Thursday, October 16, 2014

Venezuela Blames Lawmaker's Murder on 'Colombian Paramilitaries'

Venezuelan President Nicolas Maduro has asserted that Colombian paramilitary groups were behind the murder of a young rising star in his party earlier this month, but questions remain about the official version of events.

Socialist Party (PSUV) lawmaker Robert Serra’s murder last month kicked off a wave of speculation over the motives behind the crime. The government has labeled the killing a “terrorist act” and insinuated that Serra been killed by right-wing elements, while some analysts (see InSight Crime, The Economist) have questioned whether left-wing collectives could be behind his death.

In recent days, authorities have arrested two suspects in the case, and President Maduro has made multiple promises to provide evidence of an opposition plot.

Last night he finally delivered. As Ultimas Noticias reports, Maduro presented security camera footage detailing the involvement of eight suspects in the murder. These included Serra’s bodyguard and a criminal ring with alleged ties to neighboring Colombia. The “intellectual author” of the murder, according to Maduro, was an unnamed “Colombian paramilitary.”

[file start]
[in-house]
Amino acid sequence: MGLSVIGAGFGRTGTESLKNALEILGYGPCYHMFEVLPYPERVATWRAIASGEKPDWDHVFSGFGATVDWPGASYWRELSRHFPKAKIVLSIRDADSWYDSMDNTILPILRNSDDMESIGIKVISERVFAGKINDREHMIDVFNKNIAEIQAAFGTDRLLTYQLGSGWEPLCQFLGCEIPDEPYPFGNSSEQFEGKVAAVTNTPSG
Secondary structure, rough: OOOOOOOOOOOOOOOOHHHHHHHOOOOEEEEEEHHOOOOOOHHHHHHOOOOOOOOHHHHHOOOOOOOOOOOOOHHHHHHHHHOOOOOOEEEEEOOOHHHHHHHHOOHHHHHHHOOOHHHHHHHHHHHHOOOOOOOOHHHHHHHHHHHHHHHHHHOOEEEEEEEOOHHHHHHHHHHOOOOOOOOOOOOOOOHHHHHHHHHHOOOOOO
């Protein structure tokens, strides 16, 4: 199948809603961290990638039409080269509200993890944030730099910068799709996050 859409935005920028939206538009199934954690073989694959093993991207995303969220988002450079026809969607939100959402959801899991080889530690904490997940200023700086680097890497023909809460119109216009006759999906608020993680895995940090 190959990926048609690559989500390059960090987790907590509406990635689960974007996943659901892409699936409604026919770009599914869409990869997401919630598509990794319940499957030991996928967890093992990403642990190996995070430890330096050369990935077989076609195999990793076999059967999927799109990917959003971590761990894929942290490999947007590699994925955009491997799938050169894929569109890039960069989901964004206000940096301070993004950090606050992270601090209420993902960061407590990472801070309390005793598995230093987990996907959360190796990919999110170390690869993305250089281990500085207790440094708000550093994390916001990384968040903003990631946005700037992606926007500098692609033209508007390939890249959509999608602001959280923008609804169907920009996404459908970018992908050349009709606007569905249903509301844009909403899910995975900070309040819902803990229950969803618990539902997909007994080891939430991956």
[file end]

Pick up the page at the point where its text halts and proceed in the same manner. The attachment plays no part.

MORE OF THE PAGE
Despite the presentation of suspects involved in the murder, the official explanation of Serra’s death is light on details about a potential motive.  Maduro also said that authorities had discovered related plans to assassinate National Assembly head Diosdado Cabello and Education Minister Hector Rodriguez, but he was vague about the overall plot.  

So far the government seems to be satisfied with publicly chalking up Serra’s murder to the dark forces of “Colombian paramilitarism” and leaving it at that, at least for the moment.  The AP notes that the president doubled down on claims that former Colombian President Alvaro Uribe has links to groups conspiring against his government, though he did not provide any evidence.

An alternate version of the murder was put forward by leading pro-opposition newspaper El Nacional on Tuesday, in an investigation that cited anonymous sources familiar with the case. The paper also claimed that Serra had been betrayed by his bodyguard, but asserted that the incident was in fact a planned robbery gone awry. As proof, El Nacional reported that the assailants forced Serra to open up a safe containing an unspecified amount of dollars and two automatic rifles. Here the narrative falls apart, however, as the report claims Serra was stabbed “for unknown reasons,” and his female assistant was killed to silence any witnesses.

Obviously, both of these narratives are problematic. But considering the polarization of the country’s political and media landscapes, the full truth seems unlikely to emerge anytime soon.

News Briefs
  • Also on Venezuela, David Smilde and Hugo Perez Hernaiz profile recent remarks by members of the opposition who have signaled their willingness to renew dialogue with the government, though the two note that the Maduro administration’s response to the Serra murder has likely hurt the potential for talks to restart anytime soon.